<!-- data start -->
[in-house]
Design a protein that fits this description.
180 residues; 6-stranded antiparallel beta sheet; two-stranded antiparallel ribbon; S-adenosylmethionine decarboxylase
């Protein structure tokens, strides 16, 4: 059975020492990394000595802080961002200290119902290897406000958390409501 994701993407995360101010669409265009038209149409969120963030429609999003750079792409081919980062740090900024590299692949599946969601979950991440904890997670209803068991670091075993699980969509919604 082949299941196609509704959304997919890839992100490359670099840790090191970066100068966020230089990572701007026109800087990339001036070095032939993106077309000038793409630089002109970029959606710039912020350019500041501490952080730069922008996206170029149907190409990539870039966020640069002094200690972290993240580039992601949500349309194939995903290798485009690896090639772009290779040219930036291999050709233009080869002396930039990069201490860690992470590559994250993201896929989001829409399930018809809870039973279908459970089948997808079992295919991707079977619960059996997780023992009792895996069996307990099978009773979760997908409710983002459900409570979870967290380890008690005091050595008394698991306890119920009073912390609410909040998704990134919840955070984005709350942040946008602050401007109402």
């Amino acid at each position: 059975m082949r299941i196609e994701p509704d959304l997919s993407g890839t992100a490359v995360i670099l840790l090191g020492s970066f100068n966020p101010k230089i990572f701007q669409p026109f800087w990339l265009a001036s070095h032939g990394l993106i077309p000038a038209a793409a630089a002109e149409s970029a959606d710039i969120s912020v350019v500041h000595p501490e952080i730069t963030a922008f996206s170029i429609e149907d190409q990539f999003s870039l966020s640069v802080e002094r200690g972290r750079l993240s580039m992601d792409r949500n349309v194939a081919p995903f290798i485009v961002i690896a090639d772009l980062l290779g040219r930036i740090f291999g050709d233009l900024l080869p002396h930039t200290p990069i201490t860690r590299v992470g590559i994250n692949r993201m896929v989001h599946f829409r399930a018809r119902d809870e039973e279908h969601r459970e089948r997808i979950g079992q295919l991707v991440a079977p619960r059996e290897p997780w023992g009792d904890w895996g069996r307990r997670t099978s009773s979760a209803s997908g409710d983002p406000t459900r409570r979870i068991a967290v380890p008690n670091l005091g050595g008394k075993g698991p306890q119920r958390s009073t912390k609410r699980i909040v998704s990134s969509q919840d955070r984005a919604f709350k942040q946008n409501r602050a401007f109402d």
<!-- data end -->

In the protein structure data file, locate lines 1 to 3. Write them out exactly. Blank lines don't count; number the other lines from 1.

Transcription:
[in-house]
Design a protein that fits this description.
180 residues; 6-stranded antiparallel beta sheet; two-stranded antiparallel ribbon; S-adenosylmethionine decarboxylase